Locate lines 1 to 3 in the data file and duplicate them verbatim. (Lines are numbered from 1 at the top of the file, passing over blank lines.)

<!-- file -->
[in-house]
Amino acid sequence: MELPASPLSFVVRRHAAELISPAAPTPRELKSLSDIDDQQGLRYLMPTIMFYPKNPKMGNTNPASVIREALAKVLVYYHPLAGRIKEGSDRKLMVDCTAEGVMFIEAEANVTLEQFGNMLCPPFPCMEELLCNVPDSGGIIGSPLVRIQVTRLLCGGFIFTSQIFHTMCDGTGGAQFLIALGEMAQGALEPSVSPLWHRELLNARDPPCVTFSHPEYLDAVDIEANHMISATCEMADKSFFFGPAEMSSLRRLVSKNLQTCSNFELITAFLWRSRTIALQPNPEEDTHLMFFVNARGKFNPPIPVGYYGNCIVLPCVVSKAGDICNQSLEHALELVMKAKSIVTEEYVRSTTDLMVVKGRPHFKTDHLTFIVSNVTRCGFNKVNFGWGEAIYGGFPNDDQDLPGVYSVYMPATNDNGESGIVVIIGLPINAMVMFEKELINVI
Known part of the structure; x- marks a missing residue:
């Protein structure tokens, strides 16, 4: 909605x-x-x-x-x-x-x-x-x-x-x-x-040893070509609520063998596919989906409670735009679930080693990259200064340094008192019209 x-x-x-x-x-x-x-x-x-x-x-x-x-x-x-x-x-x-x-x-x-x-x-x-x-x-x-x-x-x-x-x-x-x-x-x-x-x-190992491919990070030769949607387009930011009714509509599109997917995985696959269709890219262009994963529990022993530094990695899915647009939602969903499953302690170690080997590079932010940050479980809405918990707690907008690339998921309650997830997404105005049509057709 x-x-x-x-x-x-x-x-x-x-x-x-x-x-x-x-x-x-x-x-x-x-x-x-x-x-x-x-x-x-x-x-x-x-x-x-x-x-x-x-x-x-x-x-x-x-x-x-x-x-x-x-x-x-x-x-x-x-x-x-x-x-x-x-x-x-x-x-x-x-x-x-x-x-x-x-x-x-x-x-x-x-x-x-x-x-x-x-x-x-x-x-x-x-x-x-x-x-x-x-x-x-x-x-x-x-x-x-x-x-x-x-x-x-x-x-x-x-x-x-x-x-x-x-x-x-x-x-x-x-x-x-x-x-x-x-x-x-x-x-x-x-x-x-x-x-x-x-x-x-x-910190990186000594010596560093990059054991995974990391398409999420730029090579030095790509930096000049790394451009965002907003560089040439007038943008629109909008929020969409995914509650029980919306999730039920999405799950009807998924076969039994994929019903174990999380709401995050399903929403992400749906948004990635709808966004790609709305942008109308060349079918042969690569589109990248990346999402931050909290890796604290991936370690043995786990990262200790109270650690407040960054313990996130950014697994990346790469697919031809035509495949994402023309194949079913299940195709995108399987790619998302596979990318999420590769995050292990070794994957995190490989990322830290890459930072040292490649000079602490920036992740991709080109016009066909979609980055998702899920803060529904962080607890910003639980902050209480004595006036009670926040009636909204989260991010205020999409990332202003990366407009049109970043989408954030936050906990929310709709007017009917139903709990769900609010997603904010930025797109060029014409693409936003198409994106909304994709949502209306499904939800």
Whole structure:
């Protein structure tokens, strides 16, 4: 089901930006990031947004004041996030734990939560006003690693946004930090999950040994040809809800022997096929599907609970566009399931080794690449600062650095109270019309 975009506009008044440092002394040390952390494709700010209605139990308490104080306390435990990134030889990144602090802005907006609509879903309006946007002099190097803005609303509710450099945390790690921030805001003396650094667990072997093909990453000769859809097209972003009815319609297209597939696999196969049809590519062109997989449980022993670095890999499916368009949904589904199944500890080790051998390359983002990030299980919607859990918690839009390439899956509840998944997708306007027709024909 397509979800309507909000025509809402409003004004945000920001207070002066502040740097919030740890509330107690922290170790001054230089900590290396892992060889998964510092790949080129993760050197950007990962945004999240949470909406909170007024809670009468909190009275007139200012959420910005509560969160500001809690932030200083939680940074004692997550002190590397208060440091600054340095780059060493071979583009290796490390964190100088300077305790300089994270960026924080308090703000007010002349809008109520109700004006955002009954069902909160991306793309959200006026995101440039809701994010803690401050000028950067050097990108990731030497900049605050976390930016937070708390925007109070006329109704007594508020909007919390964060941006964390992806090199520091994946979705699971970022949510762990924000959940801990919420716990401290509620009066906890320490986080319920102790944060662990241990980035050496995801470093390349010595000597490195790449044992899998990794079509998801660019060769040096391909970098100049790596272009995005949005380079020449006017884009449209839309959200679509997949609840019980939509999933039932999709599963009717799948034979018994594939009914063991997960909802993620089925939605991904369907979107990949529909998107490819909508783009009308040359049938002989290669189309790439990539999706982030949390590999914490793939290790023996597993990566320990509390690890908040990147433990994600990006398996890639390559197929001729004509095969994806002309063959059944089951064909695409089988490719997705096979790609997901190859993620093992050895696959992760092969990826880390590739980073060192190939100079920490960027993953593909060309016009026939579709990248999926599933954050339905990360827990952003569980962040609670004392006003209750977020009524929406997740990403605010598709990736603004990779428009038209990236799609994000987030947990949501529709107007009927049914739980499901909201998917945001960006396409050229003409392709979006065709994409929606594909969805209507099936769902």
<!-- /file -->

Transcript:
[in-house]
Amino acid sequence: MELPASPLSFVVRRHAAELISPAAPTPRELKSLSDIDDQQGLRYLMPTIMFYPKNPKMGNTNPASVIREALAKVLVYYHPLAGRIKEGSDRKLMVDCTAEGVMFIEAEANVTLEQFGNMLCPPFPCMEELLCNVPDSGGIIGSPLVRIQVTRLLCGGFIFTSQIFHTMCDGTGGAQFLIALGEMAQGALEPSVSPLWHRELLNARDPPCVTFSHPEYLDAVDIEANHMISATCEMADKSFFFGPAEMSSLRRLVSKNLQTCSNFELITAFLWRSRTIALQPNPEEDTHLMFFVNARGKFNPPIPVGYYGNCIVLPCVVSKAGDICNQSLEHALELVMKAKSIVTEEYVRSTTDLMVVKGRPHFKTDHLTFIVSNVTRCGFNKVNFGWGEAIYGGFPNDDQDLPGVYSVYMPATNDNGESGIVVIIGLPINAMVMFEKELINVI
Known part of the structure; x- marks a missing residue: